When encrypting a value, the software generates some random bytes to use as initialization vector (IV) , and stores the IV in the first block of encrypted bytes. Furthermore, when a value is encrypted, the software will encrypt the value itself, combined with the hash of the value. I assume this is done to verify the decryption routine was successful and the data is not corrupted.
Because, by default, the software will only rely on the random bytes as base key, which are included in the credential file, we can generate the correct AES key to decrypt the encrypted contents in the file. I implemented a Python utility to decrypt CyberArk Credential files and it can be downloaded here. The additional verification attributes the software can use to include in the base key can be provided as command line arguments to the decryption tool. Most of these can be either guessed, or easily discovered, as an attacker will most likely already have a foothold in the network, so a hostname or IP address is easily uncovered. In some cases the software even stores these verification attributes in the file as it asks to include the restrictions in the credential file when creating one using the CreateCredFile.exe utility.
We reported this issue at CyberArk and they released a new version mitigating the decryption of the credential file by changing the crypto implementation and making the DPAPI option the default. We did not have access to the new version to verify these changes.
And here is where you see I might have buried the lede. Chromium stores lots of things in SQLite databases and it "secures" it in the same way it does passwords. Those malware authors that Trend Net identified left a lot on the table. "Credit cards" just jumps right out at me. We get the card number, name, and expiration. Everything but the security code on the back. Also think about the "cookies". Sure you can have 2-factor-authentication so just having your user name and password isn't enough for me to log in. But now I have the session key found in the cookies and can just pretend to be you using it with a tool like BurpSuite.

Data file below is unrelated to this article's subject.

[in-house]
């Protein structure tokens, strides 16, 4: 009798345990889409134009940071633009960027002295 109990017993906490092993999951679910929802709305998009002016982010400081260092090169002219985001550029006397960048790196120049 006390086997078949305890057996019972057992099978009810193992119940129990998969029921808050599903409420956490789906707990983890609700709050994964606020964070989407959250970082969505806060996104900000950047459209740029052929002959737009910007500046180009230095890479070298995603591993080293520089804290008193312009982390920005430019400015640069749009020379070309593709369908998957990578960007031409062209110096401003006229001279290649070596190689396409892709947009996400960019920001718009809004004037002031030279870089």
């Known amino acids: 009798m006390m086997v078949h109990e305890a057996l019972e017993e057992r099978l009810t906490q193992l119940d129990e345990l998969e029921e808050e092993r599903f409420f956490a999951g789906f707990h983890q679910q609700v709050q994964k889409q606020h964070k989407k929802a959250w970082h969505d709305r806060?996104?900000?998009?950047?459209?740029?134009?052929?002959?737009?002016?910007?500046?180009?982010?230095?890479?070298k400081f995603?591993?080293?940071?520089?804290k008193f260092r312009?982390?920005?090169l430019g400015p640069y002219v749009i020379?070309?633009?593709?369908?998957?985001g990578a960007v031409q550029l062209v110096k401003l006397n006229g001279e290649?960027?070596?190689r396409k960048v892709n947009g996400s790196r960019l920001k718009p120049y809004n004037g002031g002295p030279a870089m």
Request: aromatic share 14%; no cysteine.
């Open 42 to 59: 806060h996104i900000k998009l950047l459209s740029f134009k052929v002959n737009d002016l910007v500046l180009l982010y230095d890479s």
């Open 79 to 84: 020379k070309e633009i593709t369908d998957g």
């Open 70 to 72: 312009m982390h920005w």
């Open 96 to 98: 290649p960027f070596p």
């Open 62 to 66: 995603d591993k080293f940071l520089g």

One last thing: I was surprised when I ran this tool on my local computer. I had switched to Brave a long time ago and it's been more than a year since I stopped letting the browser keep any passwords. The tool relentlessly searches for Chromium installs and it found my old Google Chrome install. That sample output above in Figure 2 is from that abandoned install. Make sure once you've secured your browser, head into Explorer and delete those older browser installs.
The mstsc.exe process is created when a user opens the remote desktop connection application in order to connect to other systems via the RDP protocol. API hooking could be used to intercept the credentials provided by the user and use them for lateral movement. Rio Sherri has developed a proof of concept tool called RdpThief which attempts to hook the functions used by mstsc process (CredIsMarshaledCredentialW & CryptProtectMemory) in order to retrieve the credentials and write them into a file on the disk. Details of the tool can be found in an article in the MDSec website.
The tool has been rewritten in C# by Josh Magri. However comparing to RdpThief, SharpRDPThief uses an IPC server in order to receive the credentials from the mstsc.exe process. In the event that the mstsc.exe is terminated the server will continue to run and when the process is initiated again will attempt to perform the hooking. This removes the limitation that RdpThief had that the process should already exist.